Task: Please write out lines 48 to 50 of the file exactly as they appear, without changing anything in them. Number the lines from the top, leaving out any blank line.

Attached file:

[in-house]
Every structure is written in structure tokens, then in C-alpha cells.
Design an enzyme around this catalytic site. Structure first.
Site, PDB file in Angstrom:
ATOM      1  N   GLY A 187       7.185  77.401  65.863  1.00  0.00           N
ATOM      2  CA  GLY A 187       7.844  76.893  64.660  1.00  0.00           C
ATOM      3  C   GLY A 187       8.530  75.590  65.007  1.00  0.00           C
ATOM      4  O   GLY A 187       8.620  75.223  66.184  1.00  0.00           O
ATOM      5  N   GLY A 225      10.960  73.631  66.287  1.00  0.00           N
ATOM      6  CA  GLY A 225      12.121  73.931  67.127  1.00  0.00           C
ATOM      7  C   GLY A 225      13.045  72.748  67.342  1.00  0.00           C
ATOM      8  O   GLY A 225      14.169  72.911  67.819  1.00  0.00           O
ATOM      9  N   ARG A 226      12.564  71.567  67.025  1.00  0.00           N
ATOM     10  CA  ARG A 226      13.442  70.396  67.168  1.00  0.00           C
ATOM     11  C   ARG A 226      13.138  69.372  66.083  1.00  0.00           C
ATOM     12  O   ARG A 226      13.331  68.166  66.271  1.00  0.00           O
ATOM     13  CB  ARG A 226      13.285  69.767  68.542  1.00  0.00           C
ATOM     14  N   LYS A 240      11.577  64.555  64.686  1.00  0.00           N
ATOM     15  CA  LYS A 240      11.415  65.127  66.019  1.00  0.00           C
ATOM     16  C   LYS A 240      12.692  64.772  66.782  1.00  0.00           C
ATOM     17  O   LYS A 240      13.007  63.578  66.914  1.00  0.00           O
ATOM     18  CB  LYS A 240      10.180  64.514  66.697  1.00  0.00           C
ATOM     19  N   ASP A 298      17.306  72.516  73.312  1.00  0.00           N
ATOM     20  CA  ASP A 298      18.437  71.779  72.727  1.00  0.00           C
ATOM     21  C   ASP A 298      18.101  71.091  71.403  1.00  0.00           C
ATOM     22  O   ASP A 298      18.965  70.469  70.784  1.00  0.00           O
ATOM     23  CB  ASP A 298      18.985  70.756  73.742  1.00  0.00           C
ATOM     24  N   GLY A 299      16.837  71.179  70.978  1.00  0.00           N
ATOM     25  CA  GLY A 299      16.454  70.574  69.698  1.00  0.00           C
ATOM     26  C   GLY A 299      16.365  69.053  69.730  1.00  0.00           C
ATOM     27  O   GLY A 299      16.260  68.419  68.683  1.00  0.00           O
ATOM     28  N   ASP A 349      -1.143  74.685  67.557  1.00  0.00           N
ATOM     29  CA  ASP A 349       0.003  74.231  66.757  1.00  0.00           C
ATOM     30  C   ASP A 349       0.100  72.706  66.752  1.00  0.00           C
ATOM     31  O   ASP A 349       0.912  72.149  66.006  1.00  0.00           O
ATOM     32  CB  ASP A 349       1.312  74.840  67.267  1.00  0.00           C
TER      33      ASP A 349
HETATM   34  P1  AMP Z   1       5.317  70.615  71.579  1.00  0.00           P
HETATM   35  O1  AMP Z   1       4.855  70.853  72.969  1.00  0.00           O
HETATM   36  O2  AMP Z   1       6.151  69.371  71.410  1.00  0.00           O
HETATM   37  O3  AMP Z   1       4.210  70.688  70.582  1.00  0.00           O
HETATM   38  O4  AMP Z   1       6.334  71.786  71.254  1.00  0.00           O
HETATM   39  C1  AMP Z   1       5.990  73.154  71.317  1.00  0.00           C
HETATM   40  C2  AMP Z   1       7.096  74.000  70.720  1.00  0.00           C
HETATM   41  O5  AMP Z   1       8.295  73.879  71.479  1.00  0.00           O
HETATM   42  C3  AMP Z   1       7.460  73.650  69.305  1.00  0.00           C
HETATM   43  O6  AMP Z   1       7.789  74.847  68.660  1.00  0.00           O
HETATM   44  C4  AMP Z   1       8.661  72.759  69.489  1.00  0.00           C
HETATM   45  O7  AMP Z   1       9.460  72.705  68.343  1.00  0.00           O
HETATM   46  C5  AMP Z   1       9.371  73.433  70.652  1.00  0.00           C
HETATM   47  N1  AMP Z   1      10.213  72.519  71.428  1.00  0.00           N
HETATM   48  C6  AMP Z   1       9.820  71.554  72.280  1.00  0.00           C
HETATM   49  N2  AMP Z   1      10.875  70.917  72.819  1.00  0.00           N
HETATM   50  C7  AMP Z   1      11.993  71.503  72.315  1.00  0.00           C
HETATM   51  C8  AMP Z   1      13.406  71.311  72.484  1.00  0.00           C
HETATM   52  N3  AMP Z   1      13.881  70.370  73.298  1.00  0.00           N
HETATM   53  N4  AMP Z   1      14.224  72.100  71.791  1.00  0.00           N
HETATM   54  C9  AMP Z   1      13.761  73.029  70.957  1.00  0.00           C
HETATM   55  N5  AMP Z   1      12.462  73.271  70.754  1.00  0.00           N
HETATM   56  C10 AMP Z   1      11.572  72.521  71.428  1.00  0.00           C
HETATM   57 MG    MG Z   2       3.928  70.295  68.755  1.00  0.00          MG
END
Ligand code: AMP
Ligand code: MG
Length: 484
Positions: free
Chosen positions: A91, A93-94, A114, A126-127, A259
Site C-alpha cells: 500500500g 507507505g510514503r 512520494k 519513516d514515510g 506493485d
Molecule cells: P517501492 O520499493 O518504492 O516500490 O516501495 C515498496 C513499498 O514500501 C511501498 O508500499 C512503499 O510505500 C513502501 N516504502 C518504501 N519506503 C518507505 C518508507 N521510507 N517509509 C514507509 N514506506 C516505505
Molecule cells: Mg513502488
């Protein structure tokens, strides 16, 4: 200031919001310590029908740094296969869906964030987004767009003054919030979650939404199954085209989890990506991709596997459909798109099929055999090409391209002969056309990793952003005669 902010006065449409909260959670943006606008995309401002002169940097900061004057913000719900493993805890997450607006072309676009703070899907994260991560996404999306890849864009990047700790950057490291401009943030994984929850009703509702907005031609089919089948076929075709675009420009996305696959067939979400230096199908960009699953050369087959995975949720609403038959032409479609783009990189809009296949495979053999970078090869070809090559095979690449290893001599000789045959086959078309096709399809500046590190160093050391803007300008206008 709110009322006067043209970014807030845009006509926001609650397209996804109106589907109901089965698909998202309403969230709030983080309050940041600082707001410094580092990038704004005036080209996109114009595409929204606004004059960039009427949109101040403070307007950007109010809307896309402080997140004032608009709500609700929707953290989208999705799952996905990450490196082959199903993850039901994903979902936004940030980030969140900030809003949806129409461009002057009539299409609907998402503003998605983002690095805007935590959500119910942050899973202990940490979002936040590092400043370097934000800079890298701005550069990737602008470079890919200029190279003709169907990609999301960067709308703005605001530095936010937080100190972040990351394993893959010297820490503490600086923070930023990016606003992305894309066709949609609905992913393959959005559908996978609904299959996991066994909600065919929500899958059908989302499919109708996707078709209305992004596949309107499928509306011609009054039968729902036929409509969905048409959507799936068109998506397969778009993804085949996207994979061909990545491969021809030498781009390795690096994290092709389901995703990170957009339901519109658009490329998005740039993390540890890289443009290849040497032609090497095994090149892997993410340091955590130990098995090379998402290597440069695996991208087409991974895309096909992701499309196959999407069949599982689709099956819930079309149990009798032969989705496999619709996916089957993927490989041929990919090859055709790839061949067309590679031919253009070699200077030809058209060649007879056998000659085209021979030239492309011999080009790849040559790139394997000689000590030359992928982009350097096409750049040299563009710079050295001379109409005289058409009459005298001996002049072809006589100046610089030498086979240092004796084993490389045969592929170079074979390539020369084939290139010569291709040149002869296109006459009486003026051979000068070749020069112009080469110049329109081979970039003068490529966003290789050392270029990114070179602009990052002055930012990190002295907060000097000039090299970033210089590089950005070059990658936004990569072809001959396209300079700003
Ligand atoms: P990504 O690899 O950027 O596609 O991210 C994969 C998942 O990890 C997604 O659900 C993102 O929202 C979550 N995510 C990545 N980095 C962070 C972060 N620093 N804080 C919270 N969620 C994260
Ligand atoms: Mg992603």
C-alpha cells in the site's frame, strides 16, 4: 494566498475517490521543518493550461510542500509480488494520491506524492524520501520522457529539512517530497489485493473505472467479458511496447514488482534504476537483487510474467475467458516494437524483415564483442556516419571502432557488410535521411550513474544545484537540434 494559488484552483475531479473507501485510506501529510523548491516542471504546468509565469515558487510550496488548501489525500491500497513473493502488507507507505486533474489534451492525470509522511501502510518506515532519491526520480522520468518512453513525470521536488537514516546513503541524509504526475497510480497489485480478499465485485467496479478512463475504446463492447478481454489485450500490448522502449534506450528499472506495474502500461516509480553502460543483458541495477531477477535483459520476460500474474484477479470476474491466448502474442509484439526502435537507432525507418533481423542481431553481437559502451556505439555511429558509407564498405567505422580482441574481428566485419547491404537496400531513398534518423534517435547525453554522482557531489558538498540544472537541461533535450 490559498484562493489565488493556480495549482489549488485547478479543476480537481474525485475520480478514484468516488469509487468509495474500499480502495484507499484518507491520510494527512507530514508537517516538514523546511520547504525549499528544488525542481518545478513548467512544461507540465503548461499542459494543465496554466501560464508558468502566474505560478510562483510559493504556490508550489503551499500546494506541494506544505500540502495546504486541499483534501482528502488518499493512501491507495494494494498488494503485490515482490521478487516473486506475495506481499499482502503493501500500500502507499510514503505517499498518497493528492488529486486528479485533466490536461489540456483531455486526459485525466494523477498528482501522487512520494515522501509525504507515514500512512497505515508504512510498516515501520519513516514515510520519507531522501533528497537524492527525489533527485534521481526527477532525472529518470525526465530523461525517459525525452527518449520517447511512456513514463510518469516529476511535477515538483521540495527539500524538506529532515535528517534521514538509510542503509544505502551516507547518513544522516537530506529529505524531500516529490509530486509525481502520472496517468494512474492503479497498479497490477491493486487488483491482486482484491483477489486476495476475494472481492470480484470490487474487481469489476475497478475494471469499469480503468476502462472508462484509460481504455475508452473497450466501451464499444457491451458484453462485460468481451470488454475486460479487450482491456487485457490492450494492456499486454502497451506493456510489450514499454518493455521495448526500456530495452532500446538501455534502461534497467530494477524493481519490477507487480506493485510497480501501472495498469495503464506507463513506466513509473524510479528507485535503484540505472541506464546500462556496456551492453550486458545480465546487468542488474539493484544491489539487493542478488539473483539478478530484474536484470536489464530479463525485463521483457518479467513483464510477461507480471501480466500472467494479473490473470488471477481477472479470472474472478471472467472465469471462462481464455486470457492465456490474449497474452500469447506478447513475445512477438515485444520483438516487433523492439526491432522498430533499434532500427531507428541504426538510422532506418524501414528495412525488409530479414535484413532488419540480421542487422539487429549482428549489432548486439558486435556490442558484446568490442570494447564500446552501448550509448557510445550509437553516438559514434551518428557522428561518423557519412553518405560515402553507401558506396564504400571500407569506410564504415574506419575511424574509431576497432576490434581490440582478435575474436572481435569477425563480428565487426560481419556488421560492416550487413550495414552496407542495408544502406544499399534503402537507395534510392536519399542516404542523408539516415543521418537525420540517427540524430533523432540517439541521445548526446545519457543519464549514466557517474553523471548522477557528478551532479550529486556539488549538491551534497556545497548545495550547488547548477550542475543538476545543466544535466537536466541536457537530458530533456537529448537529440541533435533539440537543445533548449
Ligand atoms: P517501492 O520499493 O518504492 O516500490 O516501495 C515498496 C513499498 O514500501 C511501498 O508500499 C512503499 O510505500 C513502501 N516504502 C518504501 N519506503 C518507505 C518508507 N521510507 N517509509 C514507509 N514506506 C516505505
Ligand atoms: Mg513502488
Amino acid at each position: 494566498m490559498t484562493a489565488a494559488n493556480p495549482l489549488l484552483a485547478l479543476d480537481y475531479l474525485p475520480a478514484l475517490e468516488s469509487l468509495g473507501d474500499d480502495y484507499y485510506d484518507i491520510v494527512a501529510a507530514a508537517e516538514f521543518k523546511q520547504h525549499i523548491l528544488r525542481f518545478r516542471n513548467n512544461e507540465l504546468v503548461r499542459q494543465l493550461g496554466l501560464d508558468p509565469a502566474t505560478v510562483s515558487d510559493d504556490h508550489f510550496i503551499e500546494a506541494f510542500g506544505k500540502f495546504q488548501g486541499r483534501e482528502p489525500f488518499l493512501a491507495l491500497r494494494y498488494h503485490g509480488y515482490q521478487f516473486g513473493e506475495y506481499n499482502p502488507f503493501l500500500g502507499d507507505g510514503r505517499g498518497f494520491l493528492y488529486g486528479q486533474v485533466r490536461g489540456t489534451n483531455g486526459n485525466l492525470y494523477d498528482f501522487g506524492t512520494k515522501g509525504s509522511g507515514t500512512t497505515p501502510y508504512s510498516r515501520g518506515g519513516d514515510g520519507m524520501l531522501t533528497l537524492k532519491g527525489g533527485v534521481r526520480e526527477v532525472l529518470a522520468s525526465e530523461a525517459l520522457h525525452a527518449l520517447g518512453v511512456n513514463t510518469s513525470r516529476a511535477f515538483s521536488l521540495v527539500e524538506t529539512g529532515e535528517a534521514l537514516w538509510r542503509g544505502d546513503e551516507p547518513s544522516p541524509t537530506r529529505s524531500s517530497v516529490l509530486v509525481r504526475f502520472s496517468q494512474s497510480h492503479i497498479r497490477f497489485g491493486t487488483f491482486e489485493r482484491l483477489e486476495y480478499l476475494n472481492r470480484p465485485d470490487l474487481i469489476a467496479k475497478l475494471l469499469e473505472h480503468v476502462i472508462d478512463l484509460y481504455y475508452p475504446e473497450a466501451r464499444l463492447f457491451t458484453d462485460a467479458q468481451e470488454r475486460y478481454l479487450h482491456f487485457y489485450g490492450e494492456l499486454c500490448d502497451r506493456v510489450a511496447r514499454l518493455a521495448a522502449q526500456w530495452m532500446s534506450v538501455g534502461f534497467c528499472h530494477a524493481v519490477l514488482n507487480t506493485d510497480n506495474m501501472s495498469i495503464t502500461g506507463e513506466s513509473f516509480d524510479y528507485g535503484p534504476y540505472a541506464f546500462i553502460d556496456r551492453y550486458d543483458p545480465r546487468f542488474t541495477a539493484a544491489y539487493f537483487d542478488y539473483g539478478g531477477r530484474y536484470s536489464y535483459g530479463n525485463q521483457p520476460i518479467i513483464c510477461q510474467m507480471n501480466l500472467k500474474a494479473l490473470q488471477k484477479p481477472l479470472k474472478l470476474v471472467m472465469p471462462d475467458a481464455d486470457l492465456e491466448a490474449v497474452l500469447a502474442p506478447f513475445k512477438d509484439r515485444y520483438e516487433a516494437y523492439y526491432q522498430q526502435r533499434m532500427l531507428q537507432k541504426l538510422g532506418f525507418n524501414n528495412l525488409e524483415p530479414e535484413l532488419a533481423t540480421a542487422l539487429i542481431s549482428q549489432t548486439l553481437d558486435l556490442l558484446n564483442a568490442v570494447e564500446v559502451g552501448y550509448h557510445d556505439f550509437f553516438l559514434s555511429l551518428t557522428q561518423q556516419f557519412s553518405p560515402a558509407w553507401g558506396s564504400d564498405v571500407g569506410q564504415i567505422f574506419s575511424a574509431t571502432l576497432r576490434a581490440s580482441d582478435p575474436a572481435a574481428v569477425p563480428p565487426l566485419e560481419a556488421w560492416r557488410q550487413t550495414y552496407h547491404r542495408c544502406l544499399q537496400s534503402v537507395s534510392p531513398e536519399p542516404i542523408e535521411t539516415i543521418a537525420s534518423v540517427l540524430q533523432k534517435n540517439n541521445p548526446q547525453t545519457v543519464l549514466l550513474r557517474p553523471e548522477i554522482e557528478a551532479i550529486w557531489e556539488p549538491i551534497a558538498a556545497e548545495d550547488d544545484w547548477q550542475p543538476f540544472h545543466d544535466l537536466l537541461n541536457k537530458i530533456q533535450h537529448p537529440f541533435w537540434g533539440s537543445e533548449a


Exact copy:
HETATM   44  C4  AMP Z   1       8.661  72.759  69.489  1.00  0.00           C
HETATM   45  O7  AMP Z   1       9.460  72.705  68.343  1.00  0.00           O
HETATM   46  C5  AMP Z   1       9.371  73.433  70.652  1.00  0.00           C